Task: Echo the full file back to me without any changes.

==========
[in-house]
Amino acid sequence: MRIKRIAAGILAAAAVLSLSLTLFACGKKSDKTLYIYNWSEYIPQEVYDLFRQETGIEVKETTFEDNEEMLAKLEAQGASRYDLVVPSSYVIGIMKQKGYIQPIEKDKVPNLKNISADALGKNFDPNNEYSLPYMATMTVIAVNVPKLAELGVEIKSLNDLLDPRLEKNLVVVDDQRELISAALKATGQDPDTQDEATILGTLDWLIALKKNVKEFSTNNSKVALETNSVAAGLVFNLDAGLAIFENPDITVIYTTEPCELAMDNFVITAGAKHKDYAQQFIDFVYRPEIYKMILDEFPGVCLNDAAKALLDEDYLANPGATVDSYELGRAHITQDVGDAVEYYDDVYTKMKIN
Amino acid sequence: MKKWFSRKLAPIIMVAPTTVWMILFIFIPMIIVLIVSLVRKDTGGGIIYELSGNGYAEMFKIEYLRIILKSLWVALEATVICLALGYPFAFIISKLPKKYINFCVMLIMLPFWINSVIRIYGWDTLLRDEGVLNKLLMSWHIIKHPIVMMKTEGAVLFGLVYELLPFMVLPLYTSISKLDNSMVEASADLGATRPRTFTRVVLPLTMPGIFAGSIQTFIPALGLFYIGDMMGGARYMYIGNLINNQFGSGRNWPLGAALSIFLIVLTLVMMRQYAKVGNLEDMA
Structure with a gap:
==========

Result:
[in-house]
Amino acid sequence: MRIKRIAAGILAAAAVLSLSLTLFACGKKSDKTLYIYNWSEYIPQEVYDLFRQETGIEVKETTFEDNEEMLAKLEAQGASRYDLVVPSSYVIGIMKQKGYIQPIEKDKVPNLKNISADALGKNFDPNNEYSLPYMATMTVIAVNVPKLAELGVEIKSLNDLLDPRLEKNLVVVDDQRELISAALKATGQDPDTQDEATILGTLDWLIALKKNVKEFSTNNSKVALETNSVAAGLVFNLDAGLAIFENPDITVIYTTEPCELAMDNFVITAGAKHKDYAQQFIDFVYRPEIYKMILDEFPGVCLNDAAKALLDEDYLANPGATVDSYELGRAHITQDVGDAVEYYDDVYTKMKIN
Amino acid sequence: MKKWFSRKLAPIIMVAPTTVWMILFIFIPMIIVLIVSLVRKDTGGGIIYELSGNGYAEMFKIEYLRIILKSLWVALEATVICLALGYPFAFIISKLPKKYINFCVMLIMLPFWINSVIRIYGWDTLLRDEGVLNKLLMSWHIIKHPIVMMKTEGAVLFGLVYELLPFMVLPLYTSISKLDNSMVEASADLGATRPRTFTRVVLPLTMPGIFAGSIQTFIPALGLFYIGDMMGGARYMYIGNLINNQFGSGRNWPLGAALSIFLIVLTLVMMRQYAKVGNLEDMA
Structure with a gap: